The early margraviate was populated by a mix of Slavic and native Romano-Germanic peoples who were apparently speaking Rhaeto-Romance languages, remnants of which remain today in parts of northern Italy (Friulian and Ladin) and in Switzerland (Romansh). In the Austrian Alps some valleys retained their Rhaeto-Romance speakers until the 17th century.
The first marches covering approximately the territory that would become Austria and Slovenia were the Avar March and the adjacent March of Carantania (the later March of Carinthia) in the south. Both were established in the late 8th century by Charlemagne upon the incorporation of the territory of the Agilolfing dukes of Bavaria against the invasions of the Avars. When the Avars disappeared in the 820s, they were replaced largely by West Slavs, who settled here within the state of Great Moravia. The March of Pannonia was set apart from the Duchy of Friuli in 828 and set up as a march against Moravia within the East Frankish regnum of Bavaria. These march, already called marcha orientalis, corresponded to a frontier along the Danube from the Traungau to Szombathely and the Rába river including the Vienna basin. By the 890s, the Pannonian march seems to have disappeared, along with the threat from Great Moravia, during the Hungarian invasions of Europe. Upon the defeat of Margrave Luitpold of Bavaria at the 907 Battle of Pressburg, all East Frankish lands beyond the Enns river were lost.
In 955 King Otto I of Germany had started the reconquest with his victory at the 955 Battle of Lechfeld. The obscurity of the period from circa 900 until 976 leads some to posit that a Pannonian or Austrian march existed against the Magyars, alongside the other marches which had been incorporated into Bavaria by 952 (Carniola, Carinthia, Istria, and Verona).1 However, much of (Lower) Pannonia was still conquered by the Magyars. In 976, during a general restructuring of Bavaria upon the insurrection of Duke Henry II the Wrangler, Otto's son and successor Emperor Otto II had a new marcha orientalis erected on the territory of the former Pannonian march. He appointed the Babenberg count Leopold the Illustrious from the House of Babenberg margrave in turn for his support. Leopold replaced one Burchard, whose status is not well known but may represent a continual margravial authority in the region during the interval 900–976.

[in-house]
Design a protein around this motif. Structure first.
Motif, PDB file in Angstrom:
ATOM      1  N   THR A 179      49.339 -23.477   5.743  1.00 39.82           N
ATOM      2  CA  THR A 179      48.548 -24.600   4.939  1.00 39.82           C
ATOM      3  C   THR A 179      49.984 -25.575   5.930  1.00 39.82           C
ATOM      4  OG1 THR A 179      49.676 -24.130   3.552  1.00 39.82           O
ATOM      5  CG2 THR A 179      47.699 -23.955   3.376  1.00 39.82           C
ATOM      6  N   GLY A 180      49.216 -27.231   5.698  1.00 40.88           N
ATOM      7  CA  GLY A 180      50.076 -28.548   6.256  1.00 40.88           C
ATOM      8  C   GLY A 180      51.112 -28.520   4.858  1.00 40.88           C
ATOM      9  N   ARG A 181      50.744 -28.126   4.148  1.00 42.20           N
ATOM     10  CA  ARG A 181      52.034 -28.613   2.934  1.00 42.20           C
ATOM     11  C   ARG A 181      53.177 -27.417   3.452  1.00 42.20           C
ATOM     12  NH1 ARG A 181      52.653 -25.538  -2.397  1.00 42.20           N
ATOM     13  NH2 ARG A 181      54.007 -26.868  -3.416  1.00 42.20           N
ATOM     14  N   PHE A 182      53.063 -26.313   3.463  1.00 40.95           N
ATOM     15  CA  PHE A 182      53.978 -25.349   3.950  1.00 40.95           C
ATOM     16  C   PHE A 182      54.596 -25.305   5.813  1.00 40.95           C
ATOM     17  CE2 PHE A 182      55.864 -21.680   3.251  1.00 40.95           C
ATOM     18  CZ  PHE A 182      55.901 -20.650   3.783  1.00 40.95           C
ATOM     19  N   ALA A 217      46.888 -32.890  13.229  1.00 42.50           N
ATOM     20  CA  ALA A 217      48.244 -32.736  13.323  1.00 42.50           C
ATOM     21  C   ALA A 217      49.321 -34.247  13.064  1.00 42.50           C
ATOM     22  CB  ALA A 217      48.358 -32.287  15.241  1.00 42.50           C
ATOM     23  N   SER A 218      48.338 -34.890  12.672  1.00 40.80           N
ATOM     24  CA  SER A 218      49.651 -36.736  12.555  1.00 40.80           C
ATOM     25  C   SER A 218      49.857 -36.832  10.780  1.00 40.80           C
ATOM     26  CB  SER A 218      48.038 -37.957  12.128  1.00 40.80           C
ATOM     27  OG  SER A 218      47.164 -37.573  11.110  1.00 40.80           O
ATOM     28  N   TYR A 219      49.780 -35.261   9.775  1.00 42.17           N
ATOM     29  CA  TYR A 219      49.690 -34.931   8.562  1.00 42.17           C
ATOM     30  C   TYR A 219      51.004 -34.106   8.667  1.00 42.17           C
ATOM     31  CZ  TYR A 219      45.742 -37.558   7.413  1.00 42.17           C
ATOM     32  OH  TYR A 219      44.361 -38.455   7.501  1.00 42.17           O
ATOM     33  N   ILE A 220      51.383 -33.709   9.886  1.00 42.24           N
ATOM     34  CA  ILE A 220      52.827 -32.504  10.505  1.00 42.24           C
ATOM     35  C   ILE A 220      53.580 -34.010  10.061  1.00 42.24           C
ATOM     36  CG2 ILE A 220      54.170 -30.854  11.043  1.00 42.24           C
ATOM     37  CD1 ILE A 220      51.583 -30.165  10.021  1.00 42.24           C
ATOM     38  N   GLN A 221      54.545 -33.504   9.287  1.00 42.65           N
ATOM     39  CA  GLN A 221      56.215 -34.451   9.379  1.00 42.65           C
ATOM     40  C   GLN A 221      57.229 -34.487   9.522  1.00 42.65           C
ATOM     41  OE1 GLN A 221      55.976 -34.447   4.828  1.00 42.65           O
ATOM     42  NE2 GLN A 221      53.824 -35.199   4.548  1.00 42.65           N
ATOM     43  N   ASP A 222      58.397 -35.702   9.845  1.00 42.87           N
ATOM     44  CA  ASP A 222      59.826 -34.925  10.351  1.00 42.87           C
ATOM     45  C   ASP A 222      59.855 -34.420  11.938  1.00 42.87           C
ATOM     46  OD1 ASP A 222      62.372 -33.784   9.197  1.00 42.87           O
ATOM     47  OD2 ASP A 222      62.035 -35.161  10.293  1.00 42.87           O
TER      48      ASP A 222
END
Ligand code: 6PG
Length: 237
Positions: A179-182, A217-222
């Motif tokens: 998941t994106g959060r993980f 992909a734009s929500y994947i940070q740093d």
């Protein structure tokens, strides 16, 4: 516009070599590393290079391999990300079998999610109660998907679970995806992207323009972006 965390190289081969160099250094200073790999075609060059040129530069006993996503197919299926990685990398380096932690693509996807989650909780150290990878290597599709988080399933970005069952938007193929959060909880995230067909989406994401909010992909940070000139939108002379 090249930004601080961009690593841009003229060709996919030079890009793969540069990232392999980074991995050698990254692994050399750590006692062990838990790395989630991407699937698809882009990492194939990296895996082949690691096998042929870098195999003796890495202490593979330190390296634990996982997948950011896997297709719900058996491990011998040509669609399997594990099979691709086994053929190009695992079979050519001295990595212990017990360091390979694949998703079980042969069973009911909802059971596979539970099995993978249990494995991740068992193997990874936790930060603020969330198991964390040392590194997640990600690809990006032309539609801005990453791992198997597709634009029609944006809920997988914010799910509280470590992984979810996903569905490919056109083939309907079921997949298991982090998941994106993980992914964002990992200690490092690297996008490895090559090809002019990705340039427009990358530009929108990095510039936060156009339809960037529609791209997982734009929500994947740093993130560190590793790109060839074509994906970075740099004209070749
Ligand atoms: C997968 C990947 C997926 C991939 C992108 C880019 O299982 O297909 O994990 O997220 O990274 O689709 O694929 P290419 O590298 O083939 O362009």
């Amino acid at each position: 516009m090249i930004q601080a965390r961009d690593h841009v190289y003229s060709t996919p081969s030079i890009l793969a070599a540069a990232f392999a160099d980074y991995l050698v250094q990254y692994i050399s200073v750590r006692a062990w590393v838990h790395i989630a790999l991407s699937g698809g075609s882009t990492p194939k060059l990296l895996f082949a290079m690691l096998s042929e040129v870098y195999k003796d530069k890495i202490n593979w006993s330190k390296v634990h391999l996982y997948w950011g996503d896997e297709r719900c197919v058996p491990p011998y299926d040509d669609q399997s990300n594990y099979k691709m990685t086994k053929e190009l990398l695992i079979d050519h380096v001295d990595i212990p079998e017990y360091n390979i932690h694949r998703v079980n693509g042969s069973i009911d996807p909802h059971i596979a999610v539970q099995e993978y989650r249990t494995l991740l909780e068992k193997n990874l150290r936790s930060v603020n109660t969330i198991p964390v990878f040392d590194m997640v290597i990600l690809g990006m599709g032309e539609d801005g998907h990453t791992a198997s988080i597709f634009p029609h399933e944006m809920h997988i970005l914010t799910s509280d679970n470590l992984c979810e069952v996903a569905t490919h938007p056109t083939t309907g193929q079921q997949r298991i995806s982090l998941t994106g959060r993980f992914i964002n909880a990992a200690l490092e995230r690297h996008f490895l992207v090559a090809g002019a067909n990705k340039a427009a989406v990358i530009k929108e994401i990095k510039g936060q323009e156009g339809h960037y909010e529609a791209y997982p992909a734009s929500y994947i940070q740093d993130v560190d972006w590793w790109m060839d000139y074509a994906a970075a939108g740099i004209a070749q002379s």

Margravial Austria reached its greatest height under Leopold III, a great friend of the church and founder of abbeys. He patronised towns and developed a great level of territorial independence. In 1139, Leopold IV inherited Bavaria. When his successor, the last margrave, Henry Jasomirgott, was deprived of Bavaria in 1156, Austria was elevated to a duchy independent from Bavaria by the Privilegium Minus of Emperor Frederick Barbarossa. From 1192 the House of Babenberg also ruled over the neighbouring Duchy of Styria. The line became extinct with the death of Duke Frederick II of Austria at the 1246 Battle of the Leitha River. The heritage was finally asserted by the German king Rudolph of Habsburg against King Ottokar II of Bohemia in the 1278 Battle on the Marchfeld.
- Semple, 42.
- Semple, Ellen Churchill. "The Barrier Boundangry of the Mediterranean Basin and Its Northern Breaches as Factors in History." Annals of the Association of American Geographers, Vol. 5. (1915), pp 27–59.
- Reuter, Timothy. Germany in the Early Middle Ages 800–1056. New York: Loman, 1991.